Metaverse Fashion Week – or MVFW – got its start on Thursday, with Dolce & Gabbana, Paco Rabanne, Elie Saab, Tommy Hilfiger, Etro, Dundas, Cavalli, Cider, and The Fabricant among the many established brands and digitally-native fashion startups that announced that they would showcase their collections virtually during the first of its kind event. An immersive shopping experience, consumers are able to not only view virtual runway collections during MVFW on 3D virtual-world platform Decentraland, but they will have the opportunity to buy virtual clothing for their online avatars, and in some cases, receive a physical twin of that garment for their “real” world wardrobe.
In light of the enduring rise of consumer interest in virtual fashion and brands’ willingness to test the waters by way of events like MVFW (which is not only a sign that “virtual fashion is here to stay and virtual fashion will continue to become something that is of interest for brands,” future-focused consultant Cathy Hackl told the WSJ, it is also a notable step (a first step in many cases) for brands that are dipping their toes in the virtual space), here are some considerations for brands as many make their metaverse debut …
1. The territorial scope of existing trademarks
A trademark registration is a property right, and its scope is determined by the country/territory in which it is registered. Selling physical products via the metaverse to a customer in a territory where a brand has no existing trademark protection, or where no due diligence has taken place (i.e., a clearance “search” to determine whether third parties have any earlier rights), could expose brands to infringement proceedings. Well-known fashion brands selling physical and virtual products via Decentraland this week may be able to rely on their already-established reputation in a trademark infringement dispute. However, smaller, lesser-known fashion brands may struggle to do the same.
As such, and given that the metaverse can be joined by anyone in the world that has access to the internet, it may be necessary for fashion brands to put controls in place to halt the sale of physical and/or virtual items via the metaverse where the location from which the product is being purchased is a new market and is a territory in which no assessment has yet been undertaken of the risks involved in use of the brand.
2. Whether your brand needs to expand
Pending or registered trademarks cover categories (or “classes”) of goods and services. While the sale of physical fashion items via the metaverse may be protected by “clothing; headgear; footwear” in Class 25, if a fashion brand is intending to sell virtual goods via the metaverse, there is a question mark over whether the virtual version could be covered by Class 25 or whether it may fall under a different class of goods.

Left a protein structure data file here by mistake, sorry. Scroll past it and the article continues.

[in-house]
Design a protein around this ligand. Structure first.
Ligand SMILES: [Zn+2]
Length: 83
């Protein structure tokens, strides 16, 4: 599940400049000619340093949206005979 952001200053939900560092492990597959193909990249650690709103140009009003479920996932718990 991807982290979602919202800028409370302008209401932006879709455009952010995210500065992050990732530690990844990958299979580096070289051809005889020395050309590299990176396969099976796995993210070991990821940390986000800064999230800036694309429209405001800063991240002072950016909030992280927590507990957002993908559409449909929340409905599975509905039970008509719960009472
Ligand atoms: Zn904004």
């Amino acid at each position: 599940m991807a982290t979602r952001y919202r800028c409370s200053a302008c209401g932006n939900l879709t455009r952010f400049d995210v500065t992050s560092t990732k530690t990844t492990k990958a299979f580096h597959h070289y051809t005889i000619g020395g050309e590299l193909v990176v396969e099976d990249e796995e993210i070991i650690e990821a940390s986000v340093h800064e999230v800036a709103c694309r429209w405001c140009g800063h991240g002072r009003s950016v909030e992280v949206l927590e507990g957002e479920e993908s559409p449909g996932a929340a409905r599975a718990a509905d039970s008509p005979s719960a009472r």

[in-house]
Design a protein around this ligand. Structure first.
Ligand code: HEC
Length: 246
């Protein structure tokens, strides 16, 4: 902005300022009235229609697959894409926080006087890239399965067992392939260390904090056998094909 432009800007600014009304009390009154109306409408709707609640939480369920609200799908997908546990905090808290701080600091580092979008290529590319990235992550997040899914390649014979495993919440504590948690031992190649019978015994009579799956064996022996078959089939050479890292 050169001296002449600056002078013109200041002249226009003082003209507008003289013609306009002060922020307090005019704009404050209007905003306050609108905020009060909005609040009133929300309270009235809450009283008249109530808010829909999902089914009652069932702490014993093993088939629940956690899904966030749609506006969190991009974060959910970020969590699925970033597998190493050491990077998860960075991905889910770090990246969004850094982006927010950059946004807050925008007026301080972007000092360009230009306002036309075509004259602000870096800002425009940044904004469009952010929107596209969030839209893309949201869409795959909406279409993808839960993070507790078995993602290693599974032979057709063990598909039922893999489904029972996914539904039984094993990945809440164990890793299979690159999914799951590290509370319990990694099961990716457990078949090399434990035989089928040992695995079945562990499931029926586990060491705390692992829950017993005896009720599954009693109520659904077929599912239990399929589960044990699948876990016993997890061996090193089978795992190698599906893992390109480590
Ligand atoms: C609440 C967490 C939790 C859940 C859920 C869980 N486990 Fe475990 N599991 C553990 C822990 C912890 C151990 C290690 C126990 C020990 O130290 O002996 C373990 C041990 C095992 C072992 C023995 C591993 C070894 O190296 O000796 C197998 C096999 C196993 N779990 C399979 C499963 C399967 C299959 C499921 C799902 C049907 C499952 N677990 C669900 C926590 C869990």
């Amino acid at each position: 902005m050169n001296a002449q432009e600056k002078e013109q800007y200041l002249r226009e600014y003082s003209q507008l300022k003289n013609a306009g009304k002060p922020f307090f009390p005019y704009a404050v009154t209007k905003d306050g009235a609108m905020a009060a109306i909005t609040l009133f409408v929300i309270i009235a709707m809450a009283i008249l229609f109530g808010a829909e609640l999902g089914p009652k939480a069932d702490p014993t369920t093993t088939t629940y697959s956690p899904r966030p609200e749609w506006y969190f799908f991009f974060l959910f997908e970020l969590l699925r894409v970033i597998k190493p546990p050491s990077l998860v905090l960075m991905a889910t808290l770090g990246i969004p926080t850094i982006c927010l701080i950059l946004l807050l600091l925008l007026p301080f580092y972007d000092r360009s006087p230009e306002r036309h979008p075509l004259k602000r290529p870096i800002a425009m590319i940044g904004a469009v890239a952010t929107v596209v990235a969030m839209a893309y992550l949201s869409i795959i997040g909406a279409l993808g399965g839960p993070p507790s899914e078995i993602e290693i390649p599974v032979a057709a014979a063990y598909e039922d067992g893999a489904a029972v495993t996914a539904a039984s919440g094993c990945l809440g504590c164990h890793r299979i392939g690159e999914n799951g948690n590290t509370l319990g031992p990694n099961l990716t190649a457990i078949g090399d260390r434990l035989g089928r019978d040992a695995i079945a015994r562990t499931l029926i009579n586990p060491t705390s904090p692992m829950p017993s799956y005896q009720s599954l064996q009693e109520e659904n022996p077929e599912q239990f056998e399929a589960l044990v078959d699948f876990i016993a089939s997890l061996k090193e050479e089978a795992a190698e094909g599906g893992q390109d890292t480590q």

Fashion brands may, therefore, wish to consider extending their current trademark protections to cover virtual goods and services. By way of example, on March 8, Red Bull GmbH applied for a U.S. trademark application for the sign “RED BULL” and its “fighting bull logo” for use in connection with “downloadable virtual goods, namely computer programs featuring clothing, footwear, headwear” in Class 9, as well as “retail store services featuring virtual goods, namely, clothing, footwear, headwear” in Class 35. In doing so, Red Bull GmbH joins a long list of brands that have sought out registrations for their marks for use in metaverse-focused classes of goods/services.
3. Clearance searches before use in the metaverse
Since it is not entirely clear whether providing virtual fashion items via the metaverse constitutes diversifying the product range of an existing brand, it is important to carry out “top-up” searches to ensure that there are no legal issues in using the brand in relation to the virtual goods. Given that trademarks are territorial, it may be necessary for fashion brands to seek local advice on whether to search in each territory in which the virtual fashion items will be sold.
If there are plans to sell physical fashion goods to new markets in the metaverse, searching in Class 25 (“clothing; headgear; footwear”), for example, may also be necessary (subject to local advice). In addition, it may be necessary to file a new application to ensure you have registered trademark protection for the new product range.
4. Coexistence agreements
Finally, an agreement between two or more companies agreeing to limit their use of the same or a similar trademark in certain territories in order to coexist (this issue is at the heart of the ongoing Valentino v. Mario Valentino case) may prevent the respective parties from selling to certain consumers in the metaverse. The uncertainty surrounding whether virtual goods would be classified in Class 9, Class 25 or some other class may also impact agreements where the parties have agreed to limit their use of the same or a similar trademark to specific classes/goods/services.
Fashion brands should, therefore, consider seeking local advice to determine whether the planned use may constitute breach of contract.
Michael Shaw is a Partner at Marks & Clerk, with experience in all aspects of trademark, copyright, and design work. John Ferdinand is a Partner at Marks & Clerk who works with a portfolio of national and international clients on developing a strategy for their trademark protection. Eve Brown is an Associate at Marks & Clerk, where she advises clients on issues concerning worldwide brand strategy and trademark protection.